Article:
In the late 1990s, I was talking to Satyajit Ray in his residence about a request from the morning walkers’ club of Minto Park, Calcutta, for an article for their souvenir. As a cardiologist, I felt diffident about writing. But Ray encouraged me in his famous baritone, “Go ahead! I know you have ideas that will come out in due course.” So, I decided to write about my experiences of working with a voluntary rural healthcare organization — Vivekananda Swasthya Seva Sangha — formed in 1984 by a few medical and non-medical persons of the city to provide health support to underprivileged people of our villages.
“Morning walkers,” I began, “Have you ever thought of leaving the streets of the city and walk along the paths of the villages and witness what lies in rural India? We know 80 percent of our population live in our villages and 80 percent of our prosperity lies in urban areas.” Most surprisingly, on reading my piece, Ray commented, “I have got the idea for my next film.” This was how he began thinking about Uttaran (The Broken Journey). The doctor in the film abandons his conference, realizing that developments in science and technology are meaningless until they reach the poor and neglected segments of our rural population.
One of the most powerful arguments on this matter came from Vivekananda: “I consider the great National sin is the neglect of the masses, and that is one of the causes of our downfall. No amount of politics would be of any avail until the masses in India are once more well educated, well fed and well cared for. They pay for our education, they build our temples, but in return they get kicks.” Vivekananda mentioned another great sin: “the neglect of the womenfolk”. He concluded, “So long as millions live in hunger and ignorance I hold every man a traitor, who having been educated at their expense pays not the least heed to them.”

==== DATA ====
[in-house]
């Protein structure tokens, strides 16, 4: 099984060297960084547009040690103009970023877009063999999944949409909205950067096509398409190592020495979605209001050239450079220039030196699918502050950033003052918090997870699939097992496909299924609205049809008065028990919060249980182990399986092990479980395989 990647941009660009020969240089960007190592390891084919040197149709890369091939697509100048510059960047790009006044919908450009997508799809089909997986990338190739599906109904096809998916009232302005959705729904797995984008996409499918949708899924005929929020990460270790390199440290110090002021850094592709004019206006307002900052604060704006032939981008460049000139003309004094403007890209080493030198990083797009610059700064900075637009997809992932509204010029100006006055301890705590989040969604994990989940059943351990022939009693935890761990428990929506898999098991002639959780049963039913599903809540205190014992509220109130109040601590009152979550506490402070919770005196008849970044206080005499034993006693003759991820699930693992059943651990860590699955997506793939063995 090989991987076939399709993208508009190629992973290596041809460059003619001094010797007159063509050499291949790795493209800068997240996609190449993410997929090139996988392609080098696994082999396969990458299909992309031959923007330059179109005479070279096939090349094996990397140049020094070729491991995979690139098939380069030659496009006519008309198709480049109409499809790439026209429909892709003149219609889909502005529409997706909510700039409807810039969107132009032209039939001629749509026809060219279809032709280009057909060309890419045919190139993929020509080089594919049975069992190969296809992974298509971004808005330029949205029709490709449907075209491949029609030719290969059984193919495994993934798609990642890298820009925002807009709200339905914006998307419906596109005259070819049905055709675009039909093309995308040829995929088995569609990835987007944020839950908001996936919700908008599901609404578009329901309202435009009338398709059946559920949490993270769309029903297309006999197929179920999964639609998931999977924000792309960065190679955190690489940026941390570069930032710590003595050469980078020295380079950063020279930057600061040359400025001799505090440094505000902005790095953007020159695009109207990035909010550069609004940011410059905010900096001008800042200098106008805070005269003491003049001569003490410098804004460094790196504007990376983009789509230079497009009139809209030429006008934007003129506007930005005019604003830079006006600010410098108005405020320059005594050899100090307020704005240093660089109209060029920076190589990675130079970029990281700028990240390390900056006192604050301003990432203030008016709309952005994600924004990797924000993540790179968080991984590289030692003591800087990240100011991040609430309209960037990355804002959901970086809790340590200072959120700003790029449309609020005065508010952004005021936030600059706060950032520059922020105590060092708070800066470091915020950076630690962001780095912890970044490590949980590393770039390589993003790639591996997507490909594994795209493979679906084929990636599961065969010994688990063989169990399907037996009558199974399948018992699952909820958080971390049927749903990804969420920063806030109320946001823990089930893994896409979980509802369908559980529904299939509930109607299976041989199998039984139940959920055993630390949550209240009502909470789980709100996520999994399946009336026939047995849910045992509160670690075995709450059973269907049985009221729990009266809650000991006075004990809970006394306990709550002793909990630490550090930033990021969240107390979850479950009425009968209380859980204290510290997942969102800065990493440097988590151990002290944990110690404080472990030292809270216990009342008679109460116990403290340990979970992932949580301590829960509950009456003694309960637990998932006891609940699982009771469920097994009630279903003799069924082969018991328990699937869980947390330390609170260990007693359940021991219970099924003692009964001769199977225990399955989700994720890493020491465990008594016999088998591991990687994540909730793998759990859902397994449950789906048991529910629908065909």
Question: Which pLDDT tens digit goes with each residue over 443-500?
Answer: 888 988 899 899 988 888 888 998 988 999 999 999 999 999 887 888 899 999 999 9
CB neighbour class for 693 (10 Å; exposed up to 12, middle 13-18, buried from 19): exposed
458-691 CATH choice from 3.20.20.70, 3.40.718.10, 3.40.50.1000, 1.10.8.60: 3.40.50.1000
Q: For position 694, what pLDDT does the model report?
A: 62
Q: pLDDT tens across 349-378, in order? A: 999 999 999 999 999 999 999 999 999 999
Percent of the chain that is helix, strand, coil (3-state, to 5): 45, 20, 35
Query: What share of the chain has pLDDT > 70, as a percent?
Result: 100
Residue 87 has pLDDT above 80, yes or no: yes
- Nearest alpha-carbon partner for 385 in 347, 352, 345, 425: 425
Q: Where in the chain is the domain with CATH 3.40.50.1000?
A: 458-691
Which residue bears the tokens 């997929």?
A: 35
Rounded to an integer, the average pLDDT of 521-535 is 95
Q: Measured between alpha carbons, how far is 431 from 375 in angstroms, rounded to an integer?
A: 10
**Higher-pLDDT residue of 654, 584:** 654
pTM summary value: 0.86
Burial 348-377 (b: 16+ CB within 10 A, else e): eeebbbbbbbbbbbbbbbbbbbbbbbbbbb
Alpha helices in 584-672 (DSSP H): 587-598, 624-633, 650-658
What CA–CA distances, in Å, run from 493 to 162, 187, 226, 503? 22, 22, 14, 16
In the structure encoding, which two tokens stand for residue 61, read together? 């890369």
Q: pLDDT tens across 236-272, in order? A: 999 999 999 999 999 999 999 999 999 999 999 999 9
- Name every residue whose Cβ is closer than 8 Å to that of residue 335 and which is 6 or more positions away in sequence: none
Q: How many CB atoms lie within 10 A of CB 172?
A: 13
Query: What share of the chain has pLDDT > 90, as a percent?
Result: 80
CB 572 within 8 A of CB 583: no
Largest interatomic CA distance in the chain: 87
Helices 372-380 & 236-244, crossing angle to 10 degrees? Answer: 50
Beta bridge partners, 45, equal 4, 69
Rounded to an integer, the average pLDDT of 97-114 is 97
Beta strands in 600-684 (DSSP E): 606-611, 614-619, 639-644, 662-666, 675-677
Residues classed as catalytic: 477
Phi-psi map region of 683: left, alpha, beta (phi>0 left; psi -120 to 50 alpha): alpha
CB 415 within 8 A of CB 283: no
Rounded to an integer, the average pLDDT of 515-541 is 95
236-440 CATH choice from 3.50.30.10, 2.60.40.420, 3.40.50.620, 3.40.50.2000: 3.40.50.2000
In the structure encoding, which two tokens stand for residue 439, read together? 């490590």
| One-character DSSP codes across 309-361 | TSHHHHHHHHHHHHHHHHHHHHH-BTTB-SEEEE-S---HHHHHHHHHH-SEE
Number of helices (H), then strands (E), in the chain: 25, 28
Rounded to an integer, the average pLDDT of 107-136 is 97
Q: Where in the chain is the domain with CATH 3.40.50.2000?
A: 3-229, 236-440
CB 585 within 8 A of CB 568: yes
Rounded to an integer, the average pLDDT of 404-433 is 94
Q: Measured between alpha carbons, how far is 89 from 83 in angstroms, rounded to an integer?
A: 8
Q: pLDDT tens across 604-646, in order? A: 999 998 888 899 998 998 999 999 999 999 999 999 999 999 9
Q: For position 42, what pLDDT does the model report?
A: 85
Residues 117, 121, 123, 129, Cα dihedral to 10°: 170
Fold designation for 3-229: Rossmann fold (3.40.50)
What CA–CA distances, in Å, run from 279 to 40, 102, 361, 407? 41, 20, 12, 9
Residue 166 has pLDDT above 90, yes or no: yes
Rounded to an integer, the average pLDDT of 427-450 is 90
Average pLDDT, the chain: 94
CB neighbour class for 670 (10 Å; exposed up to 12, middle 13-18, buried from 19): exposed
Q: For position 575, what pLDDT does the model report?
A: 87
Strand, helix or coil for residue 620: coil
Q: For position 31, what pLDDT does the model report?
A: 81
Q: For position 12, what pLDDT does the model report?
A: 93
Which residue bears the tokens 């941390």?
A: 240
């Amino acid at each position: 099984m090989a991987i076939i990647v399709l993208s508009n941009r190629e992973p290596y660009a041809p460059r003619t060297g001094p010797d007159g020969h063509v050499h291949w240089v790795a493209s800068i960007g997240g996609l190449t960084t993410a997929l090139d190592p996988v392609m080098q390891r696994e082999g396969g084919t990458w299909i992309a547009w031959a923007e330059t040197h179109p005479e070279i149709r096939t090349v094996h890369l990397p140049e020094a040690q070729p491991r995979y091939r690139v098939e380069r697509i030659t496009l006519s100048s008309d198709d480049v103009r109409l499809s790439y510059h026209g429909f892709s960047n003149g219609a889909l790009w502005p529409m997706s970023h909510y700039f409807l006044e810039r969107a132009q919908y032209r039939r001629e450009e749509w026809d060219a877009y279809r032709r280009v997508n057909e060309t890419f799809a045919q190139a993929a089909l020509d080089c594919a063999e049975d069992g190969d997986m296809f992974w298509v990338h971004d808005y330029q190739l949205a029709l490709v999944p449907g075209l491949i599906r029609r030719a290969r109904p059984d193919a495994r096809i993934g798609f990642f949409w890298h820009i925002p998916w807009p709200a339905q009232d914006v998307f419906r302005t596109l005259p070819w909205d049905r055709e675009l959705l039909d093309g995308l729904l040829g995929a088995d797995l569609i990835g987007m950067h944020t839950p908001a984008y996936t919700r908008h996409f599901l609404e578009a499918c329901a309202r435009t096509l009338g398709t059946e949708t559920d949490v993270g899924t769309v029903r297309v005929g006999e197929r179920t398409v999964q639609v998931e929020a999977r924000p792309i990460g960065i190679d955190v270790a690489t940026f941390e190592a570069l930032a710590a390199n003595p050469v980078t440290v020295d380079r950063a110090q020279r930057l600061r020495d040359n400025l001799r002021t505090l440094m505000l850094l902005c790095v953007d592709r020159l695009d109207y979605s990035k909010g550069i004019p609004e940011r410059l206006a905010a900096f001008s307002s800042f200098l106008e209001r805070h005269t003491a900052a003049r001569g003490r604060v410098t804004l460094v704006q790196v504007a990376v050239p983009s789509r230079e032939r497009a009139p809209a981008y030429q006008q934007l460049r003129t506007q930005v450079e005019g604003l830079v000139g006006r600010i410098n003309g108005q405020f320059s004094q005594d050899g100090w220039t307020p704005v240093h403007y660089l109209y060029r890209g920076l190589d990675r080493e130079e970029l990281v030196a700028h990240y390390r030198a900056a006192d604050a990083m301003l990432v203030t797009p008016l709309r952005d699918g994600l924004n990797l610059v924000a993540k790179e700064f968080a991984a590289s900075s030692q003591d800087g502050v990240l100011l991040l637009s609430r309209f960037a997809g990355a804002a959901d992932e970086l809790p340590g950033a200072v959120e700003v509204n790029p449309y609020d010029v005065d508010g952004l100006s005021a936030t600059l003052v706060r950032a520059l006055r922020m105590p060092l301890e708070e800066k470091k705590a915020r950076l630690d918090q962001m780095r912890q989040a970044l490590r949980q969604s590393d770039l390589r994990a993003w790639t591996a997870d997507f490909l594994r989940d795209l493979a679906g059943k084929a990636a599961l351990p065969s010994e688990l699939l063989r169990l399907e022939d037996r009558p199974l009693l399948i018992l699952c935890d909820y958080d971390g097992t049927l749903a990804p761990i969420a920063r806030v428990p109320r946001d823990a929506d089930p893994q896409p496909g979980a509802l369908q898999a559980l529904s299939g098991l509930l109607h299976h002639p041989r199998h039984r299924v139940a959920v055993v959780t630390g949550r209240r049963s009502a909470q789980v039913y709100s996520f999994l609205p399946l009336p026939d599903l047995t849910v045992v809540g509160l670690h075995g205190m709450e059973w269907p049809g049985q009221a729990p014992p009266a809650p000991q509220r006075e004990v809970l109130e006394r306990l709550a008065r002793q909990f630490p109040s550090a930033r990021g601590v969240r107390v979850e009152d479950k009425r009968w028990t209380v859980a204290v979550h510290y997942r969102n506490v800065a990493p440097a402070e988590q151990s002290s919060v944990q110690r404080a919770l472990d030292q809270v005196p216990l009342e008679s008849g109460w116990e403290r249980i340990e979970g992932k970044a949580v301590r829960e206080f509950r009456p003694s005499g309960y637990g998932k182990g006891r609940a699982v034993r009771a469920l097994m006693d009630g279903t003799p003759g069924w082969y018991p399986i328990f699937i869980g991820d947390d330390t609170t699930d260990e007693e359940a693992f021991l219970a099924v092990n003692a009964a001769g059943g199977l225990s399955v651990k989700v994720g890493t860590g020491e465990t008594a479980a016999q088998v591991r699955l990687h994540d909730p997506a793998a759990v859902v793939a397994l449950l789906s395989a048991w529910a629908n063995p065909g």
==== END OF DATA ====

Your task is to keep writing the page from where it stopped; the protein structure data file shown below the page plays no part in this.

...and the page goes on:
Our democracy has made us too dependent on our government. We talk about the power of the common people, but other than agitating and exercising our franchise, we seldom witness any long-term constructive roles played by the people. We emphasize our rights, without looking into our responsibilities. But our history recounts a different story. In the recent past too, development in diverse fields has been the initiative of the people. Schools, colleges, engineering colleges, universities, the medical colleges and hospitals of Calcutta, charitable dispensaries, water reservoirs in almost all villages, temples, mosques, gurdwaras, and even the Sahitya Parishad and the Indian Association for the Cultivation of Science have been created by the people. Reputed and established social welfare organizations like the Ramakrishna Mission and the Bharat Sevasram Sangha are being run successfully on peoples’ participation and donation. I cannot believe that we have lost that expanded vision for good. This enormous resource can be amplified if planned professionally and executed with selfless foresight.
Following Vivekananda, I would like to say that our present requirement is to rejuvenate and restructure the initiatives already taken by the people of Bengal. The financial and organizational aspects are the most perplexing hurdles for such a rejuvenation.
There are people in Bengal who have not only become self-sufficient but have also increased their income. Many villagers have become affluent too. Our cities have expanded, urbanizing quite a few of our villages. So, I presume that there are about 30 million people capable of contributing to these initiatives. If they contribute at least Rs 50 per head per month, the gross amount accumulated every month will be Rs 150 million. Add to this the corporate houses, wealthy Bengalis and NRI contributing at least 5 to 10 percent of their earnings, and the expected amount will be Rs 300 million per month. It can be used for empowering the poor through education, health, housing, self-reliance, peace and harmony.
We have four tasks. First, to remind people of their social obligations and responsibilities regarding the empowerment of the masses. Second, to form a professionally managed fundraising body, which will utilize this money judiciously, equitably and transparently. Third,the active involvement of respected individuals like artists, thinkers, the clergy and developmental professionals. Finally, the implementation of various government plans for rural development, strengthening public-private partnerships.
After his broken journey, Ray’s doctor landed on the hard ground of reality, and starts a new voyage from there. The success of this second journey depended entirely on the active accompaniment and participation of his fellow citizens.